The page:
64th annual Fortune 500 list: Apple drops one spot to No. 4

“The 64th annual Fortune 500 list is out this morning,” Alan Murray reports for Fortune. “With $12.8 trillion in revenue–2/3rds of U.S. GDP–and 28.2 million employees worldwide, these companies remain the most important engine of both the U.S. and the global economy.”

“Walmart topped the list, which ranks companies by revenue, for the sixth straight year in a row,” Murray reports. “Apple, the most valuable and profitable company on the list—$850 billion in market cap and $48 billion in profits—dropped one spot to No. 4 on the revenue ranking.”

“Amazon, clearly the most feared competitor on the list, cracked the top 10 for the first time, landing at No. 8,” Murray reports. “GE fell five spots to No. 18—its lowest ranking ever on the list. Xerox took the biggest plunge, dropping 129 spots to 291. The four most valuable companies on the list are all technology firms — Apple, Alphabet, Microsoft and Amazon. Warren Buffett’s Berkshire Hathaway was fifth; Facebook was sixth.”

“There are 53 companies that have been on the list every year since it started in 1955, including GE, GM, Chevron and Exxon Mobil. The oldest company on the list was started in 1784 by Alexander Hamilton — Bank of New York Mellon,” Murray reports. “The threshold for making this year’s list was $5.4 billion in revenues…up 6% from last year.”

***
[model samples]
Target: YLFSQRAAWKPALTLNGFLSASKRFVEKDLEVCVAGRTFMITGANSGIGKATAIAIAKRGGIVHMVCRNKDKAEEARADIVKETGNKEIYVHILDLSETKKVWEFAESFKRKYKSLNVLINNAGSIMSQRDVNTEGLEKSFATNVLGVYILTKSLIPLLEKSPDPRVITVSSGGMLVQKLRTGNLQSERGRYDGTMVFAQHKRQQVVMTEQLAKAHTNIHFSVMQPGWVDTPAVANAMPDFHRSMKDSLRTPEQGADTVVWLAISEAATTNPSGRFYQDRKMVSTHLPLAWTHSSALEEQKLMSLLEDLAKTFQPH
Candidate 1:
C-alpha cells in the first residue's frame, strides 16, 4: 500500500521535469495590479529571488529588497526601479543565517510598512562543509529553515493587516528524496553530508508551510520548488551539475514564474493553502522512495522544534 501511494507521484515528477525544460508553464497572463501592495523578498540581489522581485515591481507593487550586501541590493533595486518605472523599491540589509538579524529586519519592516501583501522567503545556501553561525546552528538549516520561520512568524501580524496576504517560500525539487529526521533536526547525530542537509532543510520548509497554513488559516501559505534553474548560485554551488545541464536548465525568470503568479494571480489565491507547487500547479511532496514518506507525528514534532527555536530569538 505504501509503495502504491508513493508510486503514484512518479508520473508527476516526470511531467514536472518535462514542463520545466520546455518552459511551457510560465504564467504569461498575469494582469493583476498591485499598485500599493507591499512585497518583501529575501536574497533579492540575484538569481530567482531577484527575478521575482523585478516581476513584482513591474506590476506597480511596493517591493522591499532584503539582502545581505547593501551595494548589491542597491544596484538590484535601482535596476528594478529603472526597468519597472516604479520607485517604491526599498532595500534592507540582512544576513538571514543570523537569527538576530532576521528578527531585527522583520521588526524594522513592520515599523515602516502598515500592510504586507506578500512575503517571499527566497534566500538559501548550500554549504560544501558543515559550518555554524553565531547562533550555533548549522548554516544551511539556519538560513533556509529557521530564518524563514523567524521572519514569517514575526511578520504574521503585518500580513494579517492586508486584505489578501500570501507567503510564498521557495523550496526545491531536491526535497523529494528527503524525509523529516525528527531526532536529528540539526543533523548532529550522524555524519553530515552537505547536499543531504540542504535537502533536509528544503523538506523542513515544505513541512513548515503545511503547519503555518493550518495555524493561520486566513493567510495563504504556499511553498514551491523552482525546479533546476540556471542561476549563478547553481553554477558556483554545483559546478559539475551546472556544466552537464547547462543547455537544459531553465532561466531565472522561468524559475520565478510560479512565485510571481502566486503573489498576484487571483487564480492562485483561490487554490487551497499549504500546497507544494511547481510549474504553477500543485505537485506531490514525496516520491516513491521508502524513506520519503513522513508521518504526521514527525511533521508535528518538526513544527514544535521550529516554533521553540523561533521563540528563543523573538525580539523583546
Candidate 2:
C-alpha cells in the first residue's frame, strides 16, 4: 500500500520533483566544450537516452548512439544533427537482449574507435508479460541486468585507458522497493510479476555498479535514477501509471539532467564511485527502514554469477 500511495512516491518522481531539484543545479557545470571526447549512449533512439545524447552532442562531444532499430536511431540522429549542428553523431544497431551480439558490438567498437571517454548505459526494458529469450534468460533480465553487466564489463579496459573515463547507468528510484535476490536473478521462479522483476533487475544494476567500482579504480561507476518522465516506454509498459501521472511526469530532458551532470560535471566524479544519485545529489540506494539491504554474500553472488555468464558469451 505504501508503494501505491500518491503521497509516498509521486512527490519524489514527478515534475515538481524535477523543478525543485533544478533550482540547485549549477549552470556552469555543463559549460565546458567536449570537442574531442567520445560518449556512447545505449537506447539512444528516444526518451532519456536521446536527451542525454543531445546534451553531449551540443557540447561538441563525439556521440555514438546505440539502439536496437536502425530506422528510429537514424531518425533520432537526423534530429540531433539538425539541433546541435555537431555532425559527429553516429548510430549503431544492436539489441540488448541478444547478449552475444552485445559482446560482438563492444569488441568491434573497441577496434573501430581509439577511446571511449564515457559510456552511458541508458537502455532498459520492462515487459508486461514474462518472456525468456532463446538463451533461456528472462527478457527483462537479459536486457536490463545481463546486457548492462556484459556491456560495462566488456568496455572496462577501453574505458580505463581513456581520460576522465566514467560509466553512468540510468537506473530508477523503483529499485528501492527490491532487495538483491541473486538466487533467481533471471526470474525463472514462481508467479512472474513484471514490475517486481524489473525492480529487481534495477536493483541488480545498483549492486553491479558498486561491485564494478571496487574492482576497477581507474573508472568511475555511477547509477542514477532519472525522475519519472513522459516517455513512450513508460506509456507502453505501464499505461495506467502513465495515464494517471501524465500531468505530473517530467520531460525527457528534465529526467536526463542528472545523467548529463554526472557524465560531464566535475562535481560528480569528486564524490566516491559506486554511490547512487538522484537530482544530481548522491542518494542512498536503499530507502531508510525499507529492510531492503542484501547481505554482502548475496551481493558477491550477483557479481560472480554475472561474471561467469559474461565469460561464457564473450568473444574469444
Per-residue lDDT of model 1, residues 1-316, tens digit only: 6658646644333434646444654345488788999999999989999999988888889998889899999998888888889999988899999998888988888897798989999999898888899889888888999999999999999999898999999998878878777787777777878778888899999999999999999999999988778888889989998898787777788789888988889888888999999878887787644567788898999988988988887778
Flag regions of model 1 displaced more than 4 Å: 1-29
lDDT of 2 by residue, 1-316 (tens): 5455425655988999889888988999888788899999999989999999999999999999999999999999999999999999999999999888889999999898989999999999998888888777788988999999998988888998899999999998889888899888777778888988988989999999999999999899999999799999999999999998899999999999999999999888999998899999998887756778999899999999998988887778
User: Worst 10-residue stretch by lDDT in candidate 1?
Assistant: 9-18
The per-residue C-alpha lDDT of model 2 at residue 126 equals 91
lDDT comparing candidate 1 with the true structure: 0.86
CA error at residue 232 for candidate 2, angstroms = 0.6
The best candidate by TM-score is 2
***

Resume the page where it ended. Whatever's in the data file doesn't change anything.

The full Fortune 500 list is here.

MacDailyNews Note: Fortune’s Apple blurb:

Apple took a small step back, from No. 3 to No. 4, despite a 6% gain in annual sales, but it led the way in profits with more than $48 billion in net income. In short, the Apple juggernaut continues at tremendous scale and despite the overall saturation of smartphones, which make up the vast majority of the company’s sales and profits. In an unusual move, Apple introduced three new phones, the upgraded iPhone 8 and 8 Plus, as well as the redesigned iPhone X (pronounced “ten”), powered by facial-recognition technology. Services likes Apple Pay and Apple Music continued to rise too.


  1. Call me back when the results are sorted and filtered in other ways, such as by profit, profit/revenue, etc.

    Shareholders care about current and future profits per share.

  2. #1 in net income – I’ll take that any day over top line revenues – like the golf term, drive for show, putt for dough! It shows that sometimes less is actually more!:-)

Reader Feedback

This site uses Akismet to reduce spam. Learn how your comment data is processed.